DI RUBERTO: The present number is a practice established under Paul VI. I wouldn’t be in favour of adding another miracle for canonization. It may happen that for a candidate there are more prodigious events with such requisites as to be considered fit for a process. Two, for which the proofs are such as to be absolutely incontestable, can suffice.
The extraordinary event attributed to Gianna Beretta Molla happened less than four years ago. Recognition of it has been rapid.
DI RUBERTO: Already by April of last year the Medical Council had unanimously pronounced on its extraordinary and scientifically inexplicable nature. The vote of the theologians was also unanimous.
You were the proposer of her cause for canonization. . .
DI RUBERTO: Her cause, of great ecclesial consequence, was desired by Paul VI. He had been struck by this woman member of Catholic Action, and had described the offering of her life as a «meditated immolation». Since I belong to Catholic Action, I was named proposer ad casum.
Which aspect struck you most in connection with the miracle attributed to Gianna Beretta Molla?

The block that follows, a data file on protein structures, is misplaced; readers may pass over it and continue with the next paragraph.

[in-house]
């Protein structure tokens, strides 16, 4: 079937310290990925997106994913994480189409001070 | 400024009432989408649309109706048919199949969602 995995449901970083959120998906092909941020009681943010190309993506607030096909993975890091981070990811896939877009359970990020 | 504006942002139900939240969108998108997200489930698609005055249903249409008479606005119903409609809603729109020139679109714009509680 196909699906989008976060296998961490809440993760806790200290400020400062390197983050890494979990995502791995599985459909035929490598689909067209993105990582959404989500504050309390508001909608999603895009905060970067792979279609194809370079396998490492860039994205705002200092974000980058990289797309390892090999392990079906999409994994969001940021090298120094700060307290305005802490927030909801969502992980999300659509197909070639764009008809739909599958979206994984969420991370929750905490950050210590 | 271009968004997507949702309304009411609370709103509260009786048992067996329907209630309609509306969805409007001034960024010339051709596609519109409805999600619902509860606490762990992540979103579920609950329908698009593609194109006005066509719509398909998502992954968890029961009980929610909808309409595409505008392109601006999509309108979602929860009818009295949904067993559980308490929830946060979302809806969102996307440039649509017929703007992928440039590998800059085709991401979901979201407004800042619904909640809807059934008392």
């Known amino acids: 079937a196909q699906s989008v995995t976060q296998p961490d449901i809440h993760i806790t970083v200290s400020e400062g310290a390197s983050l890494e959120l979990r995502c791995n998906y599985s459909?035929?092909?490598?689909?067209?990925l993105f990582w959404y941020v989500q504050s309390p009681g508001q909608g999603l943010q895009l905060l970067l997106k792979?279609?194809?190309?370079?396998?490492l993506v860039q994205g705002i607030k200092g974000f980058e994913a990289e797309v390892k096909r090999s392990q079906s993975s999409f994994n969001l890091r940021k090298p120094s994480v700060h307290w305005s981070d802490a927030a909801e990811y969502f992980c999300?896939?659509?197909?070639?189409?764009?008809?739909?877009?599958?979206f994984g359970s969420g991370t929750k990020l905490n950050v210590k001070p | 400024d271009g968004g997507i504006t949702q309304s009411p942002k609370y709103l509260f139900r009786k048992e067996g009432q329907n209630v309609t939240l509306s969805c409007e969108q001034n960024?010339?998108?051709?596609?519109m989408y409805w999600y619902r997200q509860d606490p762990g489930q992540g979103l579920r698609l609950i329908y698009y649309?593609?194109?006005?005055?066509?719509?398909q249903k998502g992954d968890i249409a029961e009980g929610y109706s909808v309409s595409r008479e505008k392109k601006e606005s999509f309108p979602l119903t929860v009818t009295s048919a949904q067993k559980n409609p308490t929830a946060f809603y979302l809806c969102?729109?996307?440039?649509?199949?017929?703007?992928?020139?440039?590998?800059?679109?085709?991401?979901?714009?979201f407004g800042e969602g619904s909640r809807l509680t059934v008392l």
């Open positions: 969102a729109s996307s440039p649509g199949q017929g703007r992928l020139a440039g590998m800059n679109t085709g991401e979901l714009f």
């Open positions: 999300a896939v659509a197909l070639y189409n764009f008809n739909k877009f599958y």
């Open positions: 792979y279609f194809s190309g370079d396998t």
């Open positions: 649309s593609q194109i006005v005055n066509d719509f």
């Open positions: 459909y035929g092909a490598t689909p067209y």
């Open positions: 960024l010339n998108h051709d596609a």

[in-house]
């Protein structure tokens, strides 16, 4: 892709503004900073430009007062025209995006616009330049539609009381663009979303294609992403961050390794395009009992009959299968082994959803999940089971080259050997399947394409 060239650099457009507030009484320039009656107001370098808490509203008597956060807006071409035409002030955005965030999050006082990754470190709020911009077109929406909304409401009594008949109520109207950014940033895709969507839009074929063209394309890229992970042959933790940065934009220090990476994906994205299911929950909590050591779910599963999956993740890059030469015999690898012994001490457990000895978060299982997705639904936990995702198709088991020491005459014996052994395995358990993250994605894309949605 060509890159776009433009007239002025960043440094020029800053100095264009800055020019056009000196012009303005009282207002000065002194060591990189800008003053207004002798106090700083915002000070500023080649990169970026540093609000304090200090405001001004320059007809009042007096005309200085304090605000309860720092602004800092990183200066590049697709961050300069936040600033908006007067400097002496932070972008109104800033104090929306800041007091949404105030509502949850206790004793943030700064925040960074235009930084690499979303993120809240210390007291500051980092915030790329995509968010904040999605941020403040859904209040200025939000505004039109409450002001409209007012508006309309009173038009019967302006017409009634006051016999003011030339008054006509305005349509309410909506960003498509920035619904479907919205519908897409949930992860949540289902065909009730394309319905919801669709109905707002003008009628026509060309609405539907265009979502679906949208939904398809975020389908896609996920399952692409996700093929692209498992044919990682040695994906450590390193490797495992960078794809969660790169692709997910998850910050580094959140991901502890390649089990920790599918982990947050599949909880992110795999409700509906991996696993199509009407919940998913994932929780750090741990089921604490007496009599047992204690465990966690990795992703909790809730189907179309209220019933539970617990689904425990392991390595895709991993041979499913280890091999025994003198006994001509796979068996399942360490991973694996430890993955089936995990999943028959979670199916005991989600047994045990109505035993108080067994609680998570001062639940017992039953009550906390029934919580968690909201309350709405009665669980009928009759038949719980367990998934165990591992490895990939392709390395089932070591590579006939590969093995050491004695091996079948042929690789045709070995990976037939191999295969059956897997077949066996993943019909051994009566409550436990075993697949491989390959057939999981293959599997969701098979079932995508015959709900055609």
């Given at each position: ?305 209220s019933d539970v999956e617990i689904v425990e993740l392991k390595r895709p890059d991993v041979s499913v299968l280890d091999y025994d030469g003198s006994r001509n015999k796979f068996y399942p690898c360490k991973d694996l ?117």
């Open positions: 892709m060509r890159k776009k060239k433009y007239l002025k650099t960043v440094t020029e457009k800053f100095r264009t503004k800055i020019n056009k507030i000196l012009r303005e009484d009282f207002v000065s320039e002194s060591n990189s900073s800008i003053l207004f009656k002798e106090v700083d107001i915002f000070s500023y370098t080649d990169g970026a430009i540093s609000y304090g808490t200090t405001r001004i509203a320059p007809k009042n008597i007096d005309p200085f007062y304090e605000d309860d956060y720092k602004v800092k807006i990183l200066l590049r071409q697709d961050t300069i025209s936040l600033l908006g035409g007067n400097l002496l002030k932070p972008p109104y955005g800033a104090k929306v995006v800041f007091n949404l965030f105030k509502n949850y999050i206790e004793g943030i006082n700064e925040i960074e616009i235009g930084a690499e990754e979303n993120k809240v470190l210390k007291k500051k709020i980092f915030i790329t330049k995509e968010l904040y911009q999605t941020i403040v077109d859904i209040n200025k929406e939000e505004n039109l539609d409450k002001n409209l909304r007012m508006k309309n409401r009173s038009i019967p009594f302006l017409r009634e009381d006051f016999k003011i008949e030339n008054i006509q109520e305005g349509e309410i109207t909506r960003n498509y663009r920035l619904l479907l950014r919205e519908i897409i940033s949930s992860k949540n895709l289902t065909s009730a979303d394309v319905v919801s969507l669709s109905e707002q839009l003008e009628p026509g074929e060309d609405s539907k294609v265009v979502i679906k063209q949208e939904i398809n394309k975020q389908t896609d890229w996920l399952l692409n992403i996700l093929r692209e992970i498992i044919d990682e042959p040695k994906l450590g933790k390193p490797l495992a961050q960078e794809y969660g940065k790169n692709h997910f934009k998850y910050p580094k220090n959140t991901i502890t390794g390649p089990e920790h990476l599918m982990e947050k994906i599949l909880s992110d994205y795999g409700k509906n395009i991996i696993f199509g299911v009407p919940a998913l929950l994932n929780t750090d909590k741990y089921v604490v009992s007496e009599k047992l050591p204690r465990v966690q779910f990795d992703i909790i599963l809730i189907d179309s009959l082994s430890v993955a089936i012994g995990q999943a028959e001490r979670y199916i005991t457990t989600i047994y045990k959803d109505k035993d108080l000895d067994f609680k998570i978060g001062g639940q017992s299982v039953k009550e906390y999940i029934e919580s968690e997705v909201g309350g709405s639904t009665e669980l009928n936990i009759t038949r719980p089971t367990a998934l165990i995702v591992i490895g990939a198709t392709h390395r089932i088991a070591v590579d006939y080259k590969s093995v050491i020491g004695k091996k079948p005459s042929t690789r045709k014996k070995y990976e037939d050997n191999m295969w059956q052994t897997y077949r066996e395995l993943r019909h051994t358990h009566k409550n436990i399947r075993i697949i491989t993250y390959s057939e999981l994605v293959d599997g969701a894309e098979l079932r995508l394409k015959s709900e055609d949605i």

DI RUBERTO: When a miracle happens, the benefit goes not only to those directly interested but to all the faithful. The prodigious event, of a baby girl who had formed in the maternal womb in the total absence of amniotic fluid, was a miracle particularly close to the life and work of Gianna Beretta Molla, mother and paediatrician. It was also singular that this miracle, through her intercession, occurred, like the previous one for beatification, in Brazil, where Gianna Beretta Molla had wanted to go in youth as a volunteer doctor. Rightly Vatican Council II, speaking of the intercession of the saints, decided to set it within the framework of the vital union of charity that we must have with them. That vitale consortium whereby we can share in the benefits procured by their merits and, loving them with that charity that aims at God, form a single body with them, a single family, a single Church.